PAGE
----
4. Travling on business is usually deductable using a primary purpose test
            1. Now spoues expesne are not deductable when attending a convention
            2. Needs to be a direct realtionship ebtween a claimed dedcution
            3. Any acitrivity which is of a type generally considerd to consitute entertain if it is directly realted to business
              1. "associated with" might weaked the direct relation
          5. meals are now deductable to 50% of the costsubstantiation requirement --treasry can do away with them
            1. Can't be scaled tickets
          6. stringent requiremetn fo ryachts, etc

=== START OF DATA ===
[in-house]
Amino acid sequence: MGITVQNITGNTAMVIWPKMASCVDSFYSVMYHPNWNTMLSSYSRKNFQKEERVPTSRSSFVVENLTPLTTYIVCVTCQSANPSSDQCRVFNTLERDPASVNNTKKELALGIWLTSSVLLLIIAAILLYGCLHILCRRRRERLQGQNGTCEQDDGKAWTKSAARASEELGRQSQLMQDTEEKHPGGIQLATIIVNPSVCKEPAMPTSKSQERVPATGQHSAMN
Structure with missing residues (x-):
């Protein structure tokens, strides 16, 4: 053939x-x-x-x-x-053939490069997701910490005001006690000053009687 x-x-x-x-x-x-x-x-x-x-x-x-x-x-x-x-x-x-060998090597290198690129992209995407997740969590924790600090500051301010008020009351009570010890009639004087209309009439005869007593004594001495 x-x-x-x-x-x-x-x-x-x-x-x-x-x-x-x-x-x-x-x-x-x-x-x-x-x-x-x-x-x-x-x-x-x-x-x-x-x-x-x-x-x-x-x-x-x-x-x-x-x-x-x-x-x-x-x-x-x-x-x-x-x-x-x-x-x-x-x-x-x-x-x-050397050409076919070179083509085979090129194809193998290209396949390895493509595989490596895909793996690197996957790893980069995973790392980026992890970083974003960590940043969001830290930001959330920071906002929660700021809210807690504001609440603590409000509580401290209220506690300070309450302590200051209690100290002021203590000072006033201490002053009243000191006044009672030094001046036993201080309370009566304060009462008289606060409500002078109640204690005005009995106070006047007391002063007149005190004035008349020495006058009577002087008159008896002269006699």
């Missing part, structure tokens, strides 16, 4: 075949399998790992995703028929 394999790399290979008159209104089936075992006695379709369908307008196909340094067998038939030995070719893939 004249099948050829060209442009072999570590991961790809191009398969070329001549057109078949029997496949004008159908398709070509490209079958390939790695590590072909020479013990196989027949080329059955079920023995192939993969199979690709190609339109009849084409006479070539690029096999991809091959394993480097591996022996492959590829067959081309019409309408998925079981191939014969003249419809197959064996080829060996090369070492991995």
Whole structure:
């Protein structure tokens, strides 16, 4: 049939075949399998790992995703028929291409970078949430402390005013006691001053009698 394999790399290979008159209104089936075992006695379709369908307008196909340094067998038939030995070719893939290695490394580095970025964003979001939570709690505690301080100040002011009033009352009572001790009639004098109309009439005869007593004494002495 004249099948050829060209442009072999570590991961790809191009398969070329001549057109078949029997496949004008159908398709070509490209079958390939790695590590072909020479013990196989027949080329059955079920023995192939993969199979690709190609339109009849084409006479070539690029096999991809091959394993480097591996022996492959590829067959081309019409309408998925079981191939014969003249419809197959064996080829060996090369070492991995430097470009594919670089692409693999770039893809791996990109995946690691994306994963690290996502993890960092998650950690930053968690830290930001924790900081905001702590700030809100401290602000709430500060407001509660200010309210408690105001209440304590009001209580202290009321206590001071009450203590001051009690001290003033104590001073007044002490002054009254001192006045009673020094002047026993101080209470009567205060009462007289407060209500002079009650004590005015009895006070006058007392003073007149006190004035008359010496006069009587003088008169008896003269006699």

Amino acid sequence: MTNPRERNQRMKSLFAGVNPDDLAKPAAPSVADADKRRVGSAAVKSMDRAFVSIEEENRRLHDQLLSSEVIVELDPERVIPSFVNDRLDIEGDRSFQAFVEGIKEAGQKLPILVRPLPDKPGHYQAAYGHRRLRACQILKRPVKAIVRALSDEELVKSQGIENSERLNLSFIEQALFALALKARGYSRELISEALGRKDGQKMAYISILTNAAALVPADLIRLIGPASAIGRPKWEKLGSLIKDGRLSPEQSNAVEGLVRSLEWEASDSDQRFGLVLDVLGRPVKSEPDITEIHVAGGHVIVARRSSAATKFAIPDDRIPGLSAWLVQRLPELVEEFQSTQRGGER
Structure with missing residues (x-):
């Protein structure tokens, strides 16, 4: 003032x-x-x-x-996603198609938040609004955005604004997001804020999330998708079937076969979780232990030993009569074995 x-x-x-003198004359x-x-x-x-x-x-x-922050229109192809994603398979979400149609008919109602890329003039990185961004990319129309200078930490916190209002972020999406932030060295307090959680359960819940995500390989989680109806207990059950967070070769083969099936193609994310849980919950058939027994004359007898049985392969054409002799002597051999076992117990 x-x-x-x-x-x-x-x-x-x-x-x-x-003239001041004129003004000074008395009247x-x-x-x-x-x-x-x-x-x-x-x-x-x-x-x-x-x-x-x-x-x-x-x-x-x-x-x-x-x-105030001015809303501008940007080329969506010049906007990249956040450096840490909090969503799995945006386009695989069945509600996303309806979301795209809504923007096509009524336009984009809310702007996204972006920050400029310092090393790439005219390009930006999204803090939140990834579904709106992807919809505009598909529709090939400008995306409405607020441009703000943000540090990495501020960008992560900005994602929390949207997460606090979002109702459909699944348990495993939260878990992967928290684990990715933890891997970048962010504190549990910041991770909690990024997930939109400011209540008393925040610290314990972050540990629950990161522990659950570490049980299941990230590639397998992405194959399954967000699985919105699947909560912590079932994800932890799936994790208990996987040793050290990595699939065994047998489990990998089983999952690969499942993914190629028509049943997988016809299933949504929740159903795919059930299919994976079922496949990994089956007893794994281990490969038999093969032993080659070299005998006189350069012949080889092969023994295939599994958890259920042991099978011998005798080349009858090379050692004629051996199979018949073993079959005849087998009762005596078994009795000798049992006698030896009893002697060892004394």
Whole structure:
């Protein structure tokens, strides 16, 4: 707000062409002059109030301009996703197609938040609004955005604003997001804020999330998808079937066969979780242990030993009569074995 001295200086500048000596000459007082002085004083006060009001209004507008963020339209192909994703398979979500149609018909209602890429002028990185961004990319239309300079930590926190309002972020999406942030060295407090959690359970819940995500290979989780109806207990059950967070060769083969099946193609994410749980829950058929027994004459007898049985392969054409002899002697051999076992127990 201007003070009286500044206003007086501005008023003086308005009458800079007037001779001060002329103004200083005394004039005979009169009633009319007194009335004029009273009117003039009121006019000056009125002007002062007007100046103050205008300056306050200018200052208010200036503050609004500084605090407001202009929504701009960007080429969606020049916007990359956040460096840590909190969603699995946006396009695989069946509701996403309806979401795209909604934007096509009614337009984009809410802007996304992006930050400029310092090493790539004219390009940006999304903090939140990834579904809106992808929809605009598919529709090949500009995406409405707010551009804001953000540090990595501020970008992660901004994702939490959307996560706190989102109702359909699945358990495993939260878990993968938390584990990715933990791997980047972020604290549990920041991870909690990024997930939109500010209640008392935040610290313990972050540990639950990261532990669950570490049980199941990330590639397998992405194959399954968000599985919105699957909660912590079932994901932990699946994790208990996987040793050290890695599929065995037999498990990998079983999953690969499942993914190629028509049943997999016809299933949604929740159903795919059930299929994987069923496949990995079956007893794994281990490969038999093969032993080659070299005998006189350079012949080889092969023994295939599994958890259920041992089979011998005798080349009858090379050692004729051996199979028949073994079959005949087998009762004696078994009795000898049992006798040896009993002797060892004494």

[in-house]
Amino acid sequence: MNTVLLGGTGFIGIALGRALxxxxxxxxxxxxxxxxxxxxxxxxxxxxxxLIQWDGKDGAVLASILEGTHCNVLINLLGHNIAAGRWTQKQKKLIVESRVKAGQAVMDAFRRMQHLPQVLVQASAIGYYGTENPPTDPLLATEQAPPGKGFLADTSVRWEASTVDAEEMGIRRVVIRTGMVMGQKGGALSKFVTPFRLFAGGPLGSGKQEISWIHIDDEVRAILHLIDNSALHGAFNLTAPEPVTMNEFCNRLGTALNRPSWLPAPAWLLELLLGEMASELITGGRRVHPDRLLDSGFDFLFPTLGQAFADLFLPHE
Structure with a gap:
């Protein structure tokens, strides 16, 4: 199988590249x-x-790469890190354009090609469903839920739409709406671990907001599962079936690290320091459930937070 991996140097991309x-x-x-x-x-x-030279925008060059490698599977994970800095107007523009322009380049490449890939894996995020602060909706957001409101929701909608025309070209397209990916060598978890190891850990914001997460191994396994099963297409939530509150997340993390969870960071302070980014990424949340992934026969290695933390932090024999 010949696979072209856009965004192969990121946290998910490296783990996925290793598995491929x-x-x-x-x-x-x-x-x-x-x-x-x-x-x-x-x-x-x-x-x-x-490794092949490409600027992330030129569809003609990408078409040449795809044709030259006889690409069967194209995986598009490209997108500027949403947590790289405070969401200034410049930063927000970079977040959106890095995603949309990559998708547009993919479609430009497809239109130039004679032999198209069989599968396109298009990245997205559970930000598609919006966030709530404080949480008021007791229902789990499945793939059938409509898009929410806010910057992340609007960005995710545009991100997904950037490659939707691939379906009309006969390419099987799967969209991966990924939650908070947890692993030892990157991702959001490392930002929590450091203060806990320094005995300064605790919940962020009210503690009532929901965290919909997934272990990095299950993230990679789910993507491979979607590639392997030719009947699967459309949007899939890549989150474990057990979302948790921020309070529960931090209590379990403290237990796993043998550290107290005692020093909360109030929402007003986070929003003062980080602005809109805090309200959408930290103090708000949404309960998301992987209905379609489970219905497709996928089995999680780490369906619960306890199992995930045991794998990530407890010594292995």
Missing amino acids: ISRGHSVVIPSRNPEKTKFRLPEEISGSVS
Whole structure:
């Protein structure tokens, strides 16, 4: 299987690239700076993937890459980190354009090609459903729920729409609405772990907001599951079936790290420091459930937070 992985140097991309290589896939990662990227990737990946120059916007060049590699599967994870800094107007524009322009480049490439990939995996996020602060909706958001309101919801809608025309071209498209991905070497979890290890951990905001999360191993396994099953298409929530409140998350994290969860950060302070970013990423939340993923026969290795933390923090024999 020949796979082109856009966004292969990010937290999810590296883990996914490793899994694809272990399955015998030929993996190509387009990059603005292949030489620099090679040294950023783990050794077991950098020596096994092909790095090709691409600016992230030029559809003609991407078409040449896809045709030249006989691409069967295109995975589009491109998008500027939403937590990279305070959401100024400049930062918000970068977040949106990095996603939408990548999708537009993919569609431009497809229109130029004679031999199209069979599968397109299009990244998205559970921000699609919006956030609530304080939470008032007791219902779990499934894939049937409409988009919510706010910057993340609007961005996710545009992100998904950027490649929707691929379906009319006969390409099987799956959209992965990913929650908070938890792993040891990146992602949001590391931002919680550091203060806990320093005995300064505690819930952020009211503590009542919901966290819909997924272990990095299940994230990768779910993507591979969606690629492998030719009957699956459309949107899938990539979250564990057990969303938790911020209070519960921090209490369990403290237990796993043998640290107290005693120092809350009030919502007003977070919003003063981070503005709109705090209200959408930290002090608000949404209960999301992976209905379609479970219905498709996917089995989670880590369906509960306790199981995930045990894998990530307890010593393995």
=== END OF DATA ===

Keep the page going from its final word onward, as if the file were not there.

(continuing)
1. there are exceptiosn in 274e
        2. need to maintain records
          1. sole propriters can't considere it all to be business
          2. per diem rates might require no substantaituion
          3. expesne lunchs nto with clients don't count
      2. child care
        1. adoption expense don't count
        2. there are various reasons for disallowing child care expenses (p. 570)
        3. could be an expense for overnight stays of children
        4. phasedlown as income rises
        5. cam in the allowable expense
      3. travling
        1. oen's home relfects a personal choice
        2. no deductions for modification of mode of transportion if it makes it harder to take a chepear kind
        3. thee conditions
          1. reaosnable expense
          2. must be while away from home
          3. must be in perduit of biz
        4. maintaining a rsidence is based on persoanal reasons